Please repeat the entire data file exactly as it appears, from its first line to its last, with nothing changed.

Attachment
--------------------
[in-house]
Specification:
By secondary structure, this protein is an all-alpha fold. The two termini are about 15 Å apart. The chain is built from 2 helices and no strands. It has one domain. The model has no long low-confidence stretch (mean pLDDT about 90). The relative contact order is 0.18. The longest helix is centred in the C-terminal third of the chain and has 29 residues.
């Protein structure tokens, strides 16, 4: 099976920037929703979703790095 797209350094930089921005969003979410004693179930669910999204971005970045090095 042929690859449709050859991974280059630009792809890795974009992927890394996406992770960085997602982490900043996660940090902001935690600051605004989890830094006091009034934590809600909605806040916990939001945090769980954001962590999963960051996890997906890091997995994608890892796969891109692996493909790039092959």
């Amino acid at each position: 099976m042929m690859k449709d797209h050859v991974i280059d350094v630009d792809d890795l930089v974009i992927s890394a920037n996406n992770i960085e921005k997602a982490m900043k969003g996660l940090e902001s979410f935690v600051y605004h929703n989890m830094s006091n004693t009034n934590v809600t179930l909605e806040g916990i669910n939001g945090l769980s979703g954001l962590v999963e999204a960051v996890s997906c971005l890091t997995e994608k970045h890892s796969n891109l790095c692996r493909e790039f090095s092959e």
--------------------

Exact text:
[in-house]
Specification:
By secondary structure, this protein is an all-alpha fold. The two termini are about 15 Å apart. The chain is built from 2 helices and no strands. It has one domain. The model has no long low-confidence stretch (mean pLDDT about 90). The relative contact order is 0.18. The longest helix is centred in the C-terminal third of the chain and has 29 residues.
């Protein structure tokens, strides 16, 4: 099976920037929703979703790095 797209350094930089921005969003979410004693179930669910999204971005970045090095 042929690859449709050859991974280059630009792809890795974009992927890394996406992770960085997602982490900043996660940090902001935690600051605004989890830094006091009034934590809600909605806040916990939001945090769980954001962590999963960051996890997906890091997995994608890892796969891109692996493909790039092959």
């Amino acid at each position: 099976m042929m690859k449709d797209h050859v991974i280059d350094v630009d792809d890795l930089v974009i992927s890394a920037n996406n992770i960085e921005k997602a982490m900043k969003g996660l940090e902001s979410f935690v600051y605004h929703n989890m830094s006091n004693t009034n934590v809600t179930l909605e806040g916990i669910n939001g945090l769980s979703g954001l962590v999963e999204a960051v996890s997906c971005l890091t997995e994608k970045h890892s796969n891109l790095c692996r493909e790039f090095s092959e």